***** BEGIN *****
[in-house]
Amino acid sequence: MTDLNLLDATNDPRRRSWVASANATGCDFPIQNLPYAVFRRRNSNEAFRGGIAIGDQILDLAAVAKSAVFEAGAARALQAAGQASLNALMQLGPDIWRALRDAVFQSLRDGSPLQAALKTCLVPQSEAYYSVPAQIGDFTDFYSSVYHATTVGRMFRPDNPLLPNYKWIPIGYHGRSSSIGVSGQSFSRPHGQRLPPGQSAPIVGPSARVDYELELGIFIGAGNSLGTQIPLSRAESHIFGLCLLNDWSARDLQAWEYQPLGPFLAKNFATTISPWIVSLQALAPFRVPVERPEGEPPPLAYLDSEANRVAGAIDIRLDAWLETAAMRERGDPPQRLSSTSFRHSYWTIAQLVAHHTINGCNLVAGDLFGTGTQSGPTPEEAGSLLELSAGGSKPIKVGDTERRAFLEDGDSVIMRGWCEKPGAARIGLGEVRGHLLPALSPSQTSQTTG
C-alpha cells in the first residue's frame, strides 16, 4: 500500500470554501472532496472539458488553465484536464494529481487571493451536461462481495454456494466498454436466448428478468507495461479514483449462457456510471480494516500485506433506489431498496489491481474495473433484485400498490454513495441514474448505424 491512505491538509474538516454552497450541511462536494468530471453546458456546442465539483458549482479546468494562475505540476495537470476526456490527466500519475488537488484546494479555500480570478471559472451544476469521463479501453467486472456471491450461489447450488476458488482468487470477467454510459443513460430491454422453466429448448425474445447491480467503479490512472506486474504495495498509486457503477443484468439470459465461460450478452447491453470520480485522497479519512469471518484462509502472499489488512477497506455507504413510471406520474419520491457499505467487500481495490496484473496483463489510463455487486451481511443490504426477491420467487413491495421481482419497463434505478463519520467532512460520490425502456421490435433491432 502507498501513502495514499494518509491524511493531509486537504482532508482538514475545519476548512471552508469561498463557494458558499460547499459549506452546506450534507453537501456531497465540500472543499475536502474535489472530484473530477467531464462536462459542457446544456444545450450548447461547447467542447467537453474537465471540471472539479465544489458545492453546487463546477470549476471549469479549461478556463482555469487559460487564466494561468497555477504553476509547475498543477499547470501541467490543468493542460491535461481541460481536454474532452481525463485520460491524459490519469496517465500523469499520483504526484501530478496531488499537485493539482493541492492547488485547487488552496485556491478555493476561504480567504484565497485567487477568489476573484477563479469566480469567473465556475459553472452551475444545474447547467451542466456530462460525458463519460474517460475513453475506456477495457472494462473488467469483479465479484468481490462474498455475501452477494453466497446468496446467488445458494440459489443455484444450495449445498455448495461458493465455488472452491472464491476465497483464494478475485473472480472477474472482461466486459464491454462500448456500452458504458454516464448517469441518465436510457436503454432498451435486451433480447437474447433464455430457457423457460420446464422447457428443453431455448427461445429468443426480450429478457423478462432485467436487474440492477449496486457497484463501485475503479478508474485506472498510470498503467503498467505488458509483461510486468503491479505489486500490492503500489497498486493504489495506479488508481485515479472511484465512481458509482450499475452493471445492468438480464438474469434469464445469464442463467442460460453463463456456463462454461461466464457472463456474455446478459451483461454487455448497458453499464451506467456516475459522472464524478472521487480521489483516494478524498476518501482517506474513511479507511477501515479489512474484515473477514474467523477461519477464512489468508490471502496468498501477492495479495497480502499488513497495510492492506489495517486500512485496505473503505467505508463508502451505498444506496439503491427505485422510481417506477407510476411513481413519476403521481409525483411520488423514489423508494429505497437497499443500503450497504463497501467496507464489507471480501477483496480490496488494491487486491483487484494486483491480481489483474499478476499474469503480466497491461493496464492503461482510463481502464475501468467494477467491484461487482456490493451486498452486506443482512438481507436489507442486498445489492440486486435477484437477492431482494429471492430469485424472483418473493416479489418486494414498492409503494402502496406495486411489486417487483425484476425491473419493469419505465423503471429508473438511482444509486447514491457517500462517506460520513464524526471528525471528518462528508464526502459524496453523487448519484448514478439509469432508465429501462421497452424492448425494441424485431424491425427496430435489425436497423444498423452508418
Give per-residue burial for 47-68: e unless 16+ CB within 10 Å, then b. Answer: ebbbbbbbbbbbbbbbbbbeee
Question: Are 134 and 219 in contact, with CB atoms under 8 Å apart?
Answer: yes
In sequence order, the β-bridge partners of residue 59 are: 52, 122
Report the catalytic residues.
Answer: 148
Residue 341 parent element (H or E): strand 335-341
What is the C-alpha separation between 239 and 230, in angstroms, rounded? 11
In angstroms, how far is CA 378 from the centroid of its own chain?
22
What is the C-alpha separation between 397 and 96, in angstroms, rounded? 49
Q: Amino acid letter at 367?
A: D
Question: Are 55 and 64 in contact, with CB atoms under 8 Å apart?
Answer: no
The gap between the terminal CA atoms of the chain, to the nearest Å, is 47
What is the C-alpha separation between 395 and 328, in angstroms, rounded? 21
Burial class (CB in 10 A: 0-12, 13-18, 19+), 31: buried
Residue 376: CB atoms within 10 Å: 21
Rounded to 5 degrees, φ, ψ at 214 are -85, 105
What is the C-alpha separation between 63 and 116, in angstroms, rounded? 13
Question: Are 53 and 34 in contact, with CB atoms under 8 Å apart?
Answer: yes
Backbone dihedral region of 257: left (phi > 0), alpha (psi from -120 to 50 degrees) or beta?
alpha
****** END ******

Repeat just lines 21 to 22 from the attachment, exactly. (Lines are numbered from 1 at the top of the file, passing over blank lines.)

Burial class (CB in 10 A: 0-12, 13-18, 19+), 31: buried
Residue 376: CB atoms within 10 Å: 21